Abstract: In the bioeconomy, technology transfer from academia to industry may exploit its strong innovation potential. However, this process is challenged by a wide variety of factors. This paper uses the mixed-method approach of concept mapping to investigate the factors as perceived by multiple stakeholders that influence technology transfer in the bioeconomy. Our findings suggest that the interconnectedness and the perceived individual factors vary across the different stakeholders involved. Based on our findings, we discuss practical implications both for the involved stakeholders and particularly for policy makers on how to achieve effective technology transfer in the bioeconomy.
    Keywords: Bioeconomy, factors, multi-stakeholder, perspective, technology transfer, Agribusiness, Research and Development/Tech Change/Emerging Technologies,
    Date: 2016
  12. By: Nadine Levratto (EconomiX - UPOND - Université Paris Ouest Nanterre La Défense - CNRS - Centre National de la Recherche Scientifique, CEE - Centre d'études de l'emploi - M.E.N.E.S.R. - Ministère de l'Éducation nationale, de l’Enseignement supérieur et de la Recherche - Ministère du Travail, de l'Emploi et de la Santé); Evelyne Serverin (CEE - Centre d'études de l'emploi - M.E.N.E.S.R. - Ministère de l'Éducation nationale, de l’Enseignement supérieur et de la Recherche - Ministère du Travail, de l'Emploi et de la Santé)
    Abstract: The creation and the popularity of the auto-entrepreneur regime rests on the supposed absence of risk associated with this judicial status. By conditioning the payment of the social security contributions to the realization of a turnover, the legislator thought of eliminating any risk from deficit. However, the core theory of entrepreneur insists on the risky dimension associated with the creation of a business whereas, more recently, the multiform aspect of the risk has been enlightened. From this framework, and on the basis of sociological approach of the law, we propose to analyse a corpus made of 104 judicial decisions concerning auto-entrepreneurs. Our results clarify three families of risks. The first one is generated by the activity itself, the second group rises from the articulation with wage-earning and the third class results from the complexity of the rules. As the auto-entrepreneurs neither benefit from the protection of the legal entity, nor of the limited responsibility, they are thus confronted at significant risks that the levelling off of their income finally does not compensate.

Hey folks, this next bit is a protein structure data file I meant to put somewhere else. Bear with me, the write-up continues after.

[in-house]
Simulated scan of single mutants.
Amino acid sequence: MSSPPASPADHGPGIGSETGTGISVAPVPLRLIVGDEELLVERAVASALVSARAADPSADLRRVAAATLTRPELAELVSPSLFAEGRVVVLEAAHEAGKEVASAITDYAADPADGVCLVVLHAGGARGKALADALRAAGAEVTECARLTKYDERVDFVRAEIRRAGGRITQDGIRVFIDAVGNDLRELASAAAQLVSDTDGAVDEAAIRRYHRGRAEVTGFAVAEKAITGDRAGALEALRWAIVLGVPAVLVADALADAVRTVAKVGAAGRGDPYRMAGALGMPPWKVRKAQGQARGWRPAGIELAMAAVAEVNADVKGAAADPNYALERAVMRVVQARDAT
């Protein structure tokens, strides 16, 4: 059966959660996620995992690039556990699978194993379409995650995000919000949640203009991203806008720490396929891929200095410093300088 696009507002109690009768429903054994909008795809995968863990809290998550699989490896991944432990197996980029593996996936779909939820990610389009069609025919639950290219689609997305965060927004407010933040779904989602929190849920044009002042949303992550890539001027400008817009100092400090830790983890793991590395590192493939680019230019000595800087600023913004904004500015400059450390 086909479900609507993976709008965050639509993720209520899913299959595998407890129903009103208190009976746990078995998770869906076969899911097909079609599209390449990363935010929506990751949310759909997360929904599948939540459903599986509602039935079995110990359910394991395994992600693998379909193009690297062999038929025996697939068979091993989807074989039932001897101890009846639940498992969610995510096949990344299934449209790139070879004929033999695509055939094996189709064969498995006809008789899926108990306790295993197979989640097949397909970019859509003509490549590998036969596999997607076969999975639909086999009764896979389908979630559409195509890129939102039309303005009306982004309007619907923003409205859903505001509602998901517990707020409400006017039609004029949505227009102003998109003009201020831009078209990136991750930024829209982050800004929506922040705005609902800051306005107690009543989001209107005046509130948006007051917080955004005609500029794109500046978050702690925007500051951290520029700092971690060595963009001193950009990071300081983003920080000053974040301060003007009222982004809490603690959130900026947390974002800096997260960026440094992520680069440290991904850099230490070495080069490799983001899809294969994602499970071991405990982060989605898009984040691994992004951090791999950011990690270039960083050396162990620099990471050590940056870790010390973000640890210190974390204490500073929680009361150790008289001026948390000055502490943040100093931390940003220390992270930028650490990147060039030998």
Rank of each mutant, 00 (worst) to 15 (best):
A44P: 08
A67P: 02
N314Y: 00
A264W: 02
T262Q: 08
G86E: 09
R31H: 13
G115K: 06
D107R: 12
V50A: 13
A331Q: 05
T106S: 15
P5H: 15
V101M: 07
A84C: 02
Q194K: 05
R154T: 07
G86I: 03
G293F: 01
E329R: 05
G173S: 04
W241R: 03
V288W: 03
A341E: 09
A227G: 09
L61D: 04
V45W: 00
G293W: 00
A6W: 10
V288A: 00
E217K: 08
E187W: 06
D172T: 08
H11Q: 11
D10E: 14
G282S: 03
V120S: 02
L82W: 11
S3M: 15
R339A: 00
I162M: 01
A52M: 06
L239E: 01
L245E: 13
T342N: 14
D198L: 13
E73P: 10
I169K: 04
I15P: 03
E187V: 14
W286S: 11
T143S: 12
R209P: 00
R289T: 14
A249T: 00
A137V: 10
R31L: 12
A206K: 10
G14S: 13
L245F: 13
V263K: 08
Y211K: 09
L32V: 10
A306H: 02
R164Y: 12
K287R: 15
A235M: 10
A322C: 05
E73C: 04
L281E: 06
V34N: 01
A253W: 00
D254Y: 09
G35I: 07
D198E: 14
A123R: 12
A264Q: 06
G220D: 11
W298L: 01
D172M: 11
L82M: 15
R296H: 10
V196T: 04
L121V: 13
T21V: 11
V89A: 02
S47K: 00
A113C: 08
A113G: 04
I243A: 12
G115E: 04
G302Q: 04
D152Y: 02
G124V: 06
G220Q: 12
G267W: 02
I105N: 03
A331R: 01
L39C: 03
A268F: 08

Abstract: La création et la popularité du régime de l'auto-entrepreneur reposent sur l'absence de risque associée à ce régime. En conditionnant le paiement des cotisations sociales à la réalisation d'un chiffre d'affaires, le législateur a pensé éliminer tout risque de déficit. Or, dès ses tous premiers stades, la théorie de l'entrepreneur insiste sur la dimension risquée de la création d'une entreprise alors que, plus récemment, le caractère multiforme du risque d'entreprise a été mis en avant. A partir de cette grille, et sur la base d'une approche sociologique du droit, nous proposons d'analyser un corpus de 104 décisions de justice impliquant des auto-entrepreneurs. Nos résultats mettent en lumière trois familles de risques qui peuvent se combiner. La première est engendrée par l'activité elle-même, la deuxième découle de l'articulation avec le salariat et la troisième résulte de la complexité des règles. Ne bénéficiant de la protection ni de la personnalité morale, ni de la responsabilité limitée, les auto-entrepreneurs sont donc confrontés à des risques importants que le plafonnement de leur revenu ne parvient finalement pas à compenser. Mots clefs : auto-entrepreneur, risque, théorie de l'entrepreneur, sociologie du droit Codes JEL : L21, L26, L53 The autoentrepreneur regime and the entrepreneurial risk
    Keywords: auto-entrepreneur, risque, théorie de l’entrepreneur, sociologie du droit
    Date: 2015–07
  13. By: Saidi, Farzad; Zaldokas, Alminas
    Abstract: Firms face a trade-off between patenting, thereby disclosing innovation, and secrecy. In this paper, we show how such public-information provision through patents acts as a substitute for private information acquired in financial relationships. As a shock to innovation disclosure, we use the American Inventor's Protection Act that made the content of firms' patent applications public within 18 months after filing, rather than at the grant date. Firms in industries that experienced a greater change in the publicity of their patent applications were significantly more likely to switch lenders. We also consider the reverse link of the substitution relationship, and explore the impact of improved lender informedness following the creation of universal banks on firms' patenting behavior. We find that firms patent less, without negatively altering their investment in innovation and its outcomes, such as new-product announcements.
    Keywords: corporate disclosure; Information Acquisition; innovation; loan contracting; patenting
    JEL: G20 G21 O31
    Date: 2016–10